Mr. Market is in no mood to own Petróleo Brasileiro S.A. (NYSE:PBR). Negative sentiment is reaching all-time highs as the share price is testing decade lows. What is the cause of this hyper negativity centered on the stock? The resounding answer seems to be the Brazilian government. In my opinion, investors are in panic mode, therefore creating a great buying opportunity for the patient investor.
In my view, it is important to look at this chart and understand the psychology that goes along with it. In my previous article: Now is the time to buy Petrobras, I spoke about the pain and mental anguish that goes along with a long slow decline in any stock. Long-term investors have watched their investment drop anywhere from 10 to 65%. You can view the channel that shows a measured decline down to the low $12 level. The stock is currently retesting the July 2013 level. While it could possibly go lower; I believe this is an excellent entry opportunity for long-term gains. In my view, any panic sell-offs that may occur should be met with a strong conviction buy mind frame, with a two year time horizon.
I'm going to share a secret with you. I traded stocks every day through the whole financial crisis. I had some huge percentage wins and some huge percentage losses. What I witnessed was history repeating itself over and over again. I traded on margin, which I do not recommend to anyone unless it is closed out at the end of the day. One stock I bought near the bottom was General Electric Company (NYSE:GE); look at this 500 weekly chart.
While the scientific academia may not go along with the behavioral finance theory, some traders and hedge funds surely do. What in heaven's name caused General Electric, to plunge to $5.73 in a final short raid back in March of 2009? If you ask my humble opinion, it was computer orchestrated margin calls on the last remaining longs. Everyone and their brother knew that the stock was beyond a bargain at $10. In my view it is imperative for all investors to remember this valuable lesson: stay off margin! These super computers will seek out opportunities to force margin call liquidation at the absolute bottom. It is important to remember that Petrobras is trading $10 below the March 2009 market low, and $2 below the November 2008 financial disaster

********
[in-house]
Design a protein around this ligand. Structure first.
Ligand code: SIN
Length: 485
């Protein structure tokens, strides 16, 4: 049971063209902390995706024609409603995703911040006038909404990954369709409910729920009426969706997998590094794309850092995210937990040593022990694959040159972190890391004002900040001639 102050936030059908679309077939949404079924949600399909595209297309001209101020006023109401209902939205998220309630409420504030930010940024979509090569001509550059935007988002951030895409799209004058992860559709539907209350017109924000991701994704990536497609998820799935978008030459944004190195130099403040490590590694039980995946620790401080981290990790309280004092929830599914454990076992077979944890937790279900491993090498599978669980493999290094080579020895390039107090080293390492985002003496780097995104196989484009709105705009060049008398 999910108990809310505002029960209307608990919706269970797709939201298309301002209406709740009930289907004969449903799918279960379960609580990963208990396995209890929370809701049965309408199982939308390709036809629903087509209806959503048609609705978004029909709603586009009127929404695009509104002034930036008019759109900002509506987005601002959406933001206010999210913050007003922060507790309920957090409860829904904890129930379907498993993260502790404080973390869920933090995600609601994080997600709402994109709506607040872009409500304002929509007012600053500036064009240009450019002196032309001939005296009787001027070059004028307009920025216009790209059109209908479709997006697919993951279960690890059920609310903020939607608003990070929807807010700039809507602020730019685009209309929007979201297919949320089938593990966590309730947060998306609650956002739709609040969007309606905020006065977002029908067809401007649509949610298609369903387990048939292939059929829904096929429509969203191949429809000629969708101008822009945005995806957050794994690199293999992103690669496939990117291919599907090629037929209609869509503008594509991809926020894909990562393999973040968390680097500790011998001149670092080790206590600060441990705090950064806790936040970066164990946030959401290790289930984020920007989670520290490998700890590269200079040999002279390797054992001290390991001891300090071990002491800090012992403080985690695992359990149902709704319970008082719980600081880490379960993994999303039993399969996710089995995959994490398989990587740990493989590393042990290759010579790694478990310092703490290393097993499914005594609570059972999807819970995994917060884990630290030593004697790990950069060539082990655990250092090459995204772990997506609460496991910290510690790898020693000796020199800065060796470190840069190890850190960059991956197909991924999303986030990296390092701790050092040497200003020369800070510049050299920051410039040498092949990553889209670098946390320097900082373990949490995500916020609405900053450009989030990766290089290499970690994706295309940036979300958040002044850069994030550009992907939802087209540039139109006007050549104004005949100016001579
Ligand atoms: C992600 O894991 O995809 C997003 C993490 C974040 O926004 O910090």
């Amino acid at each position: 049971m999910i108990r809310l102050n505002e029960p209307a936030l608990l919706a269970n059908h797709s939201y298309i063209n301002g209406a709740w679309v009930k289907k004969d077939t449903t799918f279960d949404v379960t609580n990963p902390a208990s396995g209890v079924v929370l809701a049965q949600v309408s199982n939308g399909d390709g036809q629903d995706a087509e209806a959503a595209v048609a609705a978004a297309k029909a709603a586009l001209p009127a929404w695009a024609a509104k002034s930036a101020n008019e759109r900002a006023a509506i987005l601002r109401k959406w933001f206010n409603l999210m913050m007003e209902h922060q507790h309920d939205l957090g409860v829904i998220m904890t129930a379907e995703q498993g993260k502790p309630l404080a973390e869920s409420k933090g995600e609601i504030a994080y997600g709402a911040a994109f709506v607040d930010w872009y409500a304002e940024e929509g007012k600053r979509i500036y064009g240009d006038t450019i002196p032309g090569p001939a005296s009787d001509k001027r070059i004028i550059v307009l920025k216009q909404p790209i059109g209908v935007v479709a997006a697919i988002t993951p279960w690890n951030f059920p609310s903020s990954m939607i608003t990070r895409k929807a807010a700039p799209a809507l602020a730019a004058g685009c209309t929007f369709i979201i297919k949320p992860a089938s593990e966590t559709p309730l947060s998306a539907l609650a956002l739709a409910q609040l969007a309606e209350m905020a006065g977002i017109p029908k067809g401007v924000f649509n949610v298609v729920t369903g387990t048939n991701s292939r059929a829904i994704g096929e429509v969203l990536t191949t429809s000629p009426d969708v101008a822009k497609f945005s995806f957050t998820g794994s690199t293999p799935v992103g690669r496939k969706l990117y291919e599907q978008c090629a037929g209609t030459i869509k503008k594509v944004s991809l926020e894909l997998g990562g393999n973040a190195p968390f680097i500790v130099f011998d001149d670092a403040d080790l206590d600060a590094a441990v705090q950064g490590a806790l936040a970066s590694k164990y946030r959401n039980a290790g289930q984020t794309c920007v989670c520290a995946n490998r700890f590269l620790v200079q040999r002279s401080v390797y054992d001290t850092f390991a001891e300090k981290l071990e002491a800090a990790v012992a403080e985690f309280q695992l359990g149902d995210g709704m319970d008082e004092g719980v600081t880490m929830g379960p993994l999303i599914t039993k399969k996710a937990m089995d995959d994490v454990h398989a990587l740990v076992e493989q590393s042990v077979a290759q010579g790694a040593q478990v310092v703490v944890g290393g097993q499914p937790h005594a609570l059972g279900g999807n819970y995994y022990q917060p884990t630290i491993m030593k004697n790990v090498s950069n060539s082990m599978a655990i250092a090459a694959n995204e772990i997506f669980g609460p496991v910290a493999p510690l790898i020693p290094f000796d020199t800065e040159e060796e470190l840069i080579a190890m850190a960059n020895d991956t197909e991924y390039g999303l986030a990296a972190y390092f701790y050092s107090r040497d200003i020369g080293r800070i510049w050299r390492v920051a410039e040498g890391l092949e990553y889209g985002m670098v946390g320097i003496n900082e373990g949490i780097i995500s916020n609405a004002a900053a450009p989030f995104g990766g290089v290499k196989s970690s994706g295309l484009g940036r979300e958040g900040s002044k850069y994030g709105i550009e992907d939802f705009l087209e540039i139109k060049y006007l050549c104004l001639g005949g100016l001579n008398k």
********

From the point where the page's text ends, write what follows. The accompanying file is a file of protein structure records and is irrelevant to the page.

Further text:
When I go shopping and see a great bargain on a nice bottle of wine, I buy a case. Petrobras is trading at nearly half of its book value, a price to sales ratio of .55, and a P/E ratio around 6X. That's right, with the market at all-time highs, there is a company with $146B in sales, trading with a market cap of $80B. Is Petrobras losing money? No. In fact they are estimated to earn $.38 a share on revenues of $39B for the 4th quarter. In my opinion, it's time to buy more shares of Petrobras at the retest of last July's low. Can it go lower? Yes. How much lower, you ask? No one knows for sure, but I for one will be buying more if it does. I understand this might sound a little crazy at the moment, but I like Petrobras for a double by the end of 2014.
Why a double? Because it seems improbable, and that is what the market is all about.
Allow me to address this for a moment. Throughout history, when a strong company makes a long-term bottom, it is very common to see a 100% to 300% percent move up. I could give you examples and chart patterns all day; but for now, I will name just 5 stocks. The Boeing Company (NYSE:BA), The Dow Chemical Company (NYSE:DOW), Freeport-McMoRan Copper & Gold Inc. (NYSE:FCX), Starbucks Corporation (NASDAQ:SBUX), and Caterpillar Inc. (NYSE:CAT). Each of these companies doubled within 1 year off their long-term bottom; as a matter of fact each of the above stocks mentioned gained a minimum of 500% to over 1100% since their lows in 2008, and 2009.
Let me give you a scenario in which Petrobras goes up 100% by January 22, 2015.
Platform P-55, one of the strategic projects of the 2013-2017 Business and Management Plan, started operation on12/31/13, in Campos Basin's Roncador field.
P-55 is part of Roncador´s field Module 3 project and will be connected to 17 wells, 11 of which are oil and gas production and 6 water injection. Oil and natural gas exportation from the platform will take place via submarine pipelines connected to the unit till the oil and gas offloading system of the Campos Basin. P-55, a semi-submersible unit, installed at a water depth of 1,800 meters, is designed to process 180,000 barrels of oil per day, compress 6,000,000 m3 of natural gas per day and inject 290,000 barrels of water per day. The new unit will operate along with platforms P-52 and P-54, already installed in Roncador field, and with platform P-62, whose left the Atlântico Sul Shipyard, in Ipojuca (Pernambuco state), on 12/30/13, and is moving toward its location at Module IV.
In my view, the market isn't paying attention to positive developments at the moment. When the market wakes up to the fact that Petrobras's proven reserves in the pre-salt area grew in 2013 by 43% when compared to 2012, the stock will pop.
A massive oil or natural gas discovery in the coming year could act as a catalyst to propel the stock upward.
I remain convinced that Mr. Market becomes so irrational, that he will buy companies at 50X forward earnings for a significant period of time, and sell companies with real earnings trading at 5X. As long as human nature continues to rule the day; then there will be opportunities to build wealth, from the long and short perspective.
IF the market sees any significant improvement in earnings and production, coupled with reduced cost controls, then investors could see their stock trading at $25 by the time the Olympics arrive.